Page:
Updated Fire Safety Certifier Contract Information Sheet


27 Dec 2020


The mandatory information sheets for fire engineer certification contracts in NSW have been updated. The sheets now include a note where legislation requires a certifier's fees to be paid upfront. This applies to all Registered certifier-fire safety (previously C10 Fire Engineer) contracts.


Download updated information sheets


Tags: Fire Safety Certifiers, Fire Engineer South Coast, Fire Engineer Western Sydney, Fire Engineer Contracts, Registered certifier-fire safety NSW (previously C10 Fire Engineer) , Fire Engineer North Coast, Fire Engineer Campbelltown




Certifiers Practice Standard (CPS) - Fire Engineering Works


27 Dec 2020


Under the Building Commissioner's Construct NSW reforms, the Certifiers Practice Standard (CPS) has been created to establish clear expectations for the certifier industry.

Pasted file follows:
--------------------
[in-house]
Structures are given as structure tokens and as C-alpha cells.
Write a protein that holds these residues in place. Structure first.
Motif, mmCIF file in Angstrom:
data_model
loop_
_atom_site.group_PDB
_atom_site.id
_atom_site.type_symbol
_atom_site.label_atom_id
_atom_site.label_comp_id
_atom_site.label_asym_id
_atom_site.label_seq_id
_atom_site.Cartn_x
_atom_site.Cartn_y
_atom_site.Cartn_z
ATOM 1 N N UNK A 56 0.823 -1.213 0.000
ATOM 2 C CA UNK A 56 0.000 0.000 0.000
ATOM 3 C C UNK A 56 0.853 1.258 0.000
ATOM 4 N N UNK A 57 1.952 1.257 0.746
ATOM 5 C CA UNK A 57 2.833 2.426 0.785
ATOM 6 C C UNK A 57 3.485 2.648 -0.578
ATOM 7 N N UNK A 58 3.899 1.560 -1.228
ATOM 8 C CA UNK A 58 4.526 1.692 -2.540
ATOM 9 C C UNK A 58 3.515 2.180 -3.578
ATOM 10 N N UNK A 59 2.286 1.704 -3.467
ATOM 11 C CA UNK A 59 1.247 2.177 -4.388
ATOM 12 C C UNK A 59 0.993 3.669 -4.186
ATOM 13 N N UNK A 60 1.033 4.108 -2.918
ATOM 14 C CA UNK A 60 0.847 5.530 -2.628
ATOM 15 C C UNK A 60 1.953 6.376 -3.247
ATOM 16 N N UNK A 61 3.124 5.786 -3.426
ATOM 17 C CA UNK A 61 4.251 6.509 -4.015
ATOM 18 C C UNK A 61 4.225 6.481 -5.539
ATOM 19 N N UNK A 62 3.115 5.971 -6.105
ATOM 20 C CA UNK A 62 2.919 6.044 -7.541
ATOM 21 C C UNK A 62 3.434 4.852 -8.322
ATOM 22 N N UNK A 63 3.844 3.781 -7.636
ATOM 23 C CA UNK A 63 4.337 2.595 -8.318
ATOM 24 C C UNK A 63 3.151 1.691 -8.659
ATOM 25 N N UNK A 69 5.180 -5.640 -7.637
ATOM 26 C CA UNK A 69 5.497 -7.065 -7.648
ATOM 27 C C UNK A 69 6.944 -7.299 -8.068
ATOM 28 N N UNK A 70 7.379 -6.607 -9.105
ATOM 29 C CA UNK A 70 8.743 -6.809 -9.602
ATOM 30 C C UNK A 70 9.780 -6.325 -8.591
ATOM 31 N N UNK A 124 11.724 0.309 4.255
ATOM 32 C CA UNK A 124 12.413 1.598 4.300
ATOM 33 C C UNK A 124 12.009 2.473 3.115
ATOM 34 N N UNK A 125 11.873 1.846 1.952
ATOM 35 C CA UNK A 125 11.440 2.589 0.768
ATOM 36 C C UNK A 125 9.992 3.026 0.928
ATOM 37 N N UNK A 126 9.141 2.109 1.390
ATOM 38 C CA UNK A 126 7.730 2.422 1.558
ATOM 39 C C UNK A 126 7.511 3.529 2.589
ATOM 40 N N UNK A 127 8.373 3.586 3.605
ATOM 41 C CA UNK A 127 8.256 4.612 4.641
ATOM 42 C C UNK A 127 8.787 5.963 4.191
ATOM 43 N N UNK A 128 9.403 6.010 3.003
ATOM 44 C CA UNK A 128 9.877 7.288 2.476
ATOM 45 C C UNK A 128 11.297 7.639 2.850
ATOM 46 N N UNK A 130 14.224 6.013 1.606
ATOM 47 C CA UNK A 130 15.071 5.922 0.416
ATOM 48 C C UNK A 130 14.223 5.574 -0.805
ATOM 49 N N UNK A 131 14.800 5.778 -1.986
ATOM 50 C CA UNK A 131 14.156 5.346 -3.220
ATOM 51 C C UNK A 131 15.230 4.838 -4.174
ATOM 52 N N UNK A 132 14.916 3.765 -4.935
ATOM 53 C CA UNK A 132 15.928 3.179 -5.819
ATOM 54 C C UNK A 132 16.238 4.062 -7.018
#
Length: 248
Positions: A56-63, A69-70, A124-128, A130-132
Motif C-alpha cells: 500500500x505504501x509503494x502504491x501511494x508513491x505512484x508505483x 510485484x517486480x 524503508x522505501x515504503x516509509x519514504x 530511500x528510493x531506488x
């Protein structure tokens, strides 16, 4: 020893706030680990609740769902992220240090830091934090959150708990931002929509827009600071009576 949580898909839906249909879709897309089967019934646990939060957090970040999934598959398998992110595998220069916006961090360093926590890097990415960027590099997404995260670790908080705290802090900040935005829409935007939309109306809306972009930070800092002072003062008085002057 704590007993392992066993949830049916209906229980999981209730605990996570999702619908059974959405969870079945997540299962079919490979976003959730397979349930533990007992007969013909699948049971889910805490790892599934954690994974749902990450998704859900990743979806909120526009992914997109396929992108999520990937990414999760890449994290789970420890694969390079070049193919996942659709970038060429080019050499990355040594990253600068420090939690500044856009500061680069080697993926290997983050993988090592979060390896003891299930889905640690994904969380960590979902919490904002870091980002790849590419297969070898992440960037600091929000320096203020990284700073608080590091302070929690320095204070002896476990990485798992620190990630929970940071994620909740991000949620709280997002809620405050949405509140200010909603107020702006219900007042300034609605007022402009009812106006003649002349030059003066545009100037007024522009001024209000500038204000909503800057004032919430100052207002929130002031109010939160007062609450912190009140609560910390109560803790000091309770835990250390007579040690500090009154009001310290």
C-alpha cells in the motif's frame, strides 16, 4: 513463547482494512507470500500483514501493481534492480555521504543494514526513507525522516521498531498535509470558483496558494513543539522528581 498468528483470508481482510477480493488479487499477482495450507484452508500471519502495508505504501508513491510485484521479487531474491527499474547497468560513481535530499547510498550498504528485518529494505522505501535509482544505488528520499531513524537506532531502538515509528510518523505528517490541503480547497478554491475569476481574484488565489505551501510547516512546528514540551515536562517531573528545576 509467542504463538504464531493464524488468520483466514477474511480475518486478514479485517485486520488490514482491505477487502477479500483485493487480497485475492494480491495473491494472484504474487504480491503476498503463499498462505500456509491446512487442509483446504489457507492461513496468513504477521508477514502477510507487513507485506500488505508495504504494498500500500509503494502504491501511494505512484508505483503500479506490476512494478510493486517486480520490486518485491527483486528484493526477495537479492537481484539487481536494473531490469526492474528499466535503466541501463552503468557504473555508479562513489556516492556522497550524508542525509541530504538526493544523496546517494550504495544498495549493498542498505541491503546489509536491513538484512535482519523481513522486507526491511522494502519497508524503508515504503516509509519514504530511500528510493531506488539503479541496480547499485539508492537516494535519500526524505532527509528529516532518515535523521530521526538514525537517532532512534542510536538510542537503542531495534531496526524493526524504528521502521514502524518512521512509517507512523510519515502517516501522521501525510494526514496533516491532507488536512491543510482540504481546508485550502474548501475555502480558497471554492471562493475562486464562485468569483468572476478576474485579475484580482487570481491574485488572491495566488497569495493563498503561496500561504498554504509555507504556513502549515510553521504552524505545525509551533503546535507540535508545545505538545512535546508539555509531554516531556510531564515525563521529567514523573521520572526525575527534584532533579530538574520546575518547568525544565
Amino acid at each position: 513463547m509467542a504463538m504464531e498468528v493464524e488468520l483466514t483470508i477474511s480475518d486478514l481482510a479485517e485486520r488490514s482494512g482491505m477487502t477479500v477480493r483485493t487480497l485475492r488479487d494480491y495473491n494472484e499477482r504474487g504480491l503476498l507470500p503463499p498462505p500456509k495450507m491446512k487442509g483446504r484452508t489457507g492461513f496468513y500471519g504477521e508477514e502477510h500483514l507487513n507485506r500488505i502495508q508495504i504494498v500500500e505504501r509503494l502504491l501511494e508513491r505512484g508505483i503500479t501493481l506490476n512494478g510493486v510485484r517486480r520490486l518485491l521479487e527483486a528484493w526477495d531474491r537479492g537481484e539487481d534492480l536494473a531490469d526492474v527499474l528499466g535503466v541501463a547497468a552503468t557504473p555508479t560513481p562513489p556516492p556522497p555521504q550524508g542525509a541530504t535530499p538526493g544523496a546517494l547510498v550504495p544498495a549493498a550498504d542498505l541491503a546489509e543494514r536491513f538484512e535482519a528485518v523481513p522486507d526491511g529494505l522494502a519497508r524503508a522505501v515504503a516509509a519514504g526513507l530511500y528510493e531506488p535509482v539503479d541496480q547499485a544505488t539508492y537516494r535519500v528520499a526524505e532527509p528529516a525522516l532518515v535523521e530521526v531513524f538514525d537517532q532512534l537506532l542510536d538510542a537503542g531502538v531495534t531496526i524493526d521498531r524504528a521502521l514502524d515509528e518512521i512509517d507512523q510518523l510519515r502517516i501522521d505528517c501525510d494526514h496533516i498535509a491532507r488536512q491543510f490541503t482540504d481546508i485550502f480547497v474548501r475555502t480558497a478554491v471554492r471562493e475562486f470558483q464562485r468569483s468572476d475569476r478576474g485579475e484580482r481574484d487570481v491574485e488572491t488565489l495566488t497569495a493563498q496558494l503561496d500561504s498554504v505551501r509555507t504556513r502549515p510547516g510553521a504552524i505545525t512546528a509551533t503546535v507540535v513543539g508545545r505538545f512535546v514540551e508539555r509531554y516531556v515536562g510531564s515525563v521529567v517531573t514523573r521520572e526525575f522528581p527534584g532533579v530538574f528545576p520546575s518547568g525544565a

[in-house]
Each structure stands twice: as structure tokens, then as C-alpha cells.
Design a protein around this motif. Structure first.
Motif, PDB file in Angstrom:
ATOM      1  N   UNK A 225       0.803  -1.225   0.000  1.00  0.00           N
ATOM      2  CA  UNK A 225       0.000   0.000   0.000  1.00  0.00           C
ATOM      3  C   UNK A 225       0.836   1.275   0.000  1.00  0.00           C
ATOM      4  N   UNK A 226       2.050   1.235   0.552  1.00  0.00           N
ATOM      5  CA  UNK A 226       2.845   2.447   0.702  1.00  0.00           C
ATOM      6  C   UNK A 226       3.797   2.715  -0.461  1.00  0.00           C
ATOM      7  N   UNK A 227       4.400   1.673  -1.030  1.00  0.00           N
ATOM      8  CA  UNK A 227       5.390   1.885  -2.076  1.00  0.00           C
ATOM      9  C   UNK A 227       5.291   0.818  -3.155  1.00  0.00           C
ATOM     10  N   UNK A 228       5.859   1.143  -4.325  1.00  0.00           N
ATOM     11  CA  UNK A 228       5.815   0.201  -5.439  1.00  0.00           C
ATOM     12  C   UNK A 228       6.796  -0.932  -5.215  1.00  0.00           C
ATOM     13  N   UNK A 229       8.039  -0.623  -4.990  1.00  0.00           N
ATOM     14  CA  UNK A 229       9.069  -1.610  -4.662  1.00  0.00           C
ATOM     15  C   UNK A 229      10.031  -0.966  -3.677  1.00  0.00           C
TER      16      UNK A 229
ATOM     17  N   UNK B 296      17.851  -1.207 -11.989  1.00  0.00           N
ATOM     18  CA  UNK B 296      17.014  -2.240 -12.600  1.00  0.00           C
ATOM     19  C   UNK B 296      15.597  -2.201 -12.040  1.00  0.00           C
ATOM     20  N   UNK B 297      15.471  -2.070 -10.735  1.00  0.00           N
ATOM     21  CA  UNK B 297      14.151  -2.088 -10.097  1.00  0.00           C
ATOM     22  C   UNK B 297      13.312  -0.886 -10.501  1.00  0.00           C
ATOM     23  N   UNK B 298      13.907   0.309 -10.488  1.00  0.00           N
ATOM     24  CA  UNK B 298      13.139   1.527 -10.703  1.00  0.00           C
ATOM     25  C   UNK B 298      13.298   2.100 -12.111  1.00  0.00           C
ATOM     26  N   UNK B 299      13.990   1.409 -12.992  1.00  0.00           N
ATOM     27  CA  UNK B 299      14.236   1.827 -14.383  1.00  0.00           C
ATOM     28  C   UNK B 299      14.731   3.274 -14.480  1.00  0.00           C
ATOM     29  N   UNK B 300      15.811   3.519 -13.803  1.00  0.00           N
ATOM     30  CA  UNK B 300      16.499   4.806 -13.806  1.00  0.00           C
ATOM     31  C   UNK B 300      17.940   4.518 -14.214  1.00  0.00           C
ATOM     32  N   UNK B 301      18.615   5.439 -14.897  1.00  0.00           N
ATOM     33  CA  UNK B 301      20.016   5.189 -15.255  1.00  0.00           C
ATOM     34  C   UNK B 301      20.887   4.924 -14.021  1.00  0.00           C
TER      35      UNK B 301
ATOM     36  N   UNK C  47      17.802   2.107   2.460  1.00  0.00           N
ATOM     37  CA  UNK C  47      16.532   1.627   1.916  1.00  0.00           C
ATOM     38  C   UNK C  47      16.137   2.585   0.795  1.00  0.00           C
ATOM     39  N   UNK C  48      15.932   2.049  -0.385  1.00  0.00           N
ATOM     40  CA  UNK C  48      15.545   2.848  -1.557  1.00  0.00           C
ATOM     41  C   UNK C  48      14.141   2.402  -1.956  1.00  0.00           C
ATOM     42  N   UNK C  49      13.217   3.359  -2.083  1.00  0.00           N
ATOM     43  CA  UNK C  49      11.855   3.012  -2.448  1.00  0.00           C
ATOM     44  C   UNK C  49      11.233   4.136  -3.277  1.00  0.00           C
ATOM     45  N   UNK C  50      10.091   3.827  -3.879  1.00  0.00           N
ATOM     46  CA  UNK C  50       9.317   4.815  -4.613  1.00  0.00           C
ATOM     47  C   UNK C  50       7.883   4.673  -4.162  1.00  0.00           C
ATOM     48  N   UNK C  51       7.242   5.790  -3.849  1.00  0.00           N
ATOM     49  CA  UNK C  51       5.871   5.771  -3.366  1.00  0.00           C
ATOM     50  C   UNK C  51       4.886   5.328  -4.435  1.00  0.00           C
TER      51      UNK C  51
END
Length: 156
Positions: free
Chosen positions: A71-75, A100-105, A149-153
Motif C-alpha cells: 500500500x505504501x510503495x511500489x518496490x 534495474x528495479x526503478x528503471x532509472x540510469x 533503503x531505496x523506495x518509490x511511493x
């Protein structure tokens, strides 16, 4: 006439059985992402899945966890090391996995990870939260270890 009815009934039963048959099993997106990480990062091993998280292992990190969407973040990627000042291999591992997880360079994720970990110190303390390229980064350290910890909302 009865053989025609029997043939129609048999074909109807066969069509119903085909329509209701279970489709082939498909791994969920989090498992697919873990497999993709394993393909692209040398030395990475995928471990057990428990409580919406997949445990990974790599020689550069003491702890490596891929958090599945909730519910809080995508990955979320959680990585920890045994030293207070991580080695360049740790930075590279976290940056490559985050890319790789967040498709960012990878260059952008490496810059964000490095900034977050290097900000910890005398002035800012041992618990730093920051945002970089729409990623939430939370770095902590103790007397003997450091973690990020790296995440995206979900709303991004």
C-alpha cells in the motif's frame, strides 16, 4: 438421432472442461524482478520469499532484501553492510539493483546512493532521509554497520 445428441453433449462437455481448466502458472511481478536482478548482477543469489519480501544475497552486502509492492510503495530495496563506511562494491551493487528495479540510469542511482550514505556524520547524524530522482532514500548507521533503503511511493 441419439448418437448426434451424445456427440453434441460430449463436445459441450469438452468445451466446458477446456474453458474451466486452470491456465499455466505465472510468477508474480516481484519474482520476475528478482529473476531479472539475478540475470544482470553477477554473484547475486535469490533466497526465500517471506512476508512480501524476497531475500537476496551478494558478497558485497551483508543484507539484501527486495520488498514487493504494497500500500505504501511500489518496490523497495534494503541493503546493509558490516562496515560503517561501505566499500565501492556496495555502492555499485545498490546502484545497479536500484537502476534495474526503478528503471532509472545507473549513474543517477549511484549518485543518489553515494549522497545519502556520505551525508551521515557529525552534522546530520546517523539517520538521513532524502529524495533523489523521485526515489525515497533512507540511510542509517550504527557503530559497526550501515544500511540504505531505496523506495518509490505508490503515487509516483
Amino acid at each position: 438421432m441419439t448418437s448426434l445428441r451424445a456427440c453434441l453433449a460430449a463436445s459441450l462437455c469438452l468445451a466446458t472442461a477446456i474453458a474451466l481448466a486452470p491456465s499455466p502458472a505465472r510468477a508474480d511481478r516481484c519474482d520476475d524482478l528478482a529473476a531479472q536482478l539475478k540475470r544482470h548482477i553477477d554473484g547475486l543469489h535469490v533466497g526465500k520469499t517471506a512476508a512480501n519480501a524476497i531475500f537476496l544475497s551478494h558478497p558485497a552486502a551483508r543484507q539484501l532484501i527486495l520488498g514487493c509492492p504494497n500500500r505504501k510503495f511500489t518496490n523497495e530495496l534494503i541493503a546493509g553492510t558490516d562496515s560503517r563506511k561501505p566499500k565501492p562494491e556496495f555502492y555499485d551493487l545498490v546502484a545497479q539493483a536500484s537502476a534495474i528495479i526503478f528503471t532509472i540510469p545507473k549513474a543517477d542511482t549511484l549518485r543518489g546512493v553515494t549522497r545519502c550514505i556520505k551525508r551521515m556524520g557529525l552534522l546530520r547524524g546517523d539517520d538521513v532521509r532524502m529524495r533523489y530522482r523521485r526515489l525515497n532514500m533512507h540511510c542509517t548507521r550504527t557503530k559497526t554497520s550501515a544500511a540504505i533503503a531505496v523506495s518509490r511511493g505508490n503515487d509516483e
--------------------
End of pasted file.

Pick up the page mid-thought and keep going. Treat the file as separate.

The CPS sets out the approach to be followed when undertaking certification work as public officials for residential apartment buildings. The CPS applies to all Registered certifier-fire safety (previously C10 Fire Engineer) in NSW as well.

It is important to note that combustible cladding cannot be considered "deemed to satisfy" when applying the concession, and that building fire safety should be assessed on individual building characteristics by a Registered Fire Safety Engineer


Read CPS... Read Practice standard Manual ...


Tags: Certifiers Practice Standard, CPS, C10 Fire Engineer NSW, C10 Fire Engineer Blue Mountains, Construct NSW Reforms, Registered certifier-fire safety NSW (previously C10 Fire Engineer)




Timber Framing Concessions for Class 2 and 3 Buildings


23 Dec 2020


The VBA Victorian Building Authority (VBA) has developed a Practice Note for timber framing concessions for Class 2 and 3 buildings under the Building Code of Australia (BCA)

The Practice Note addresses:

  • the interpretation of the concession contained in BCA Specification C1., Clauses 3.10 and 4.3;

  • the importance of the preconditions associated with the concession;

  • considerations when assessing the danger to life or property of existing buildings that may have used the concession; and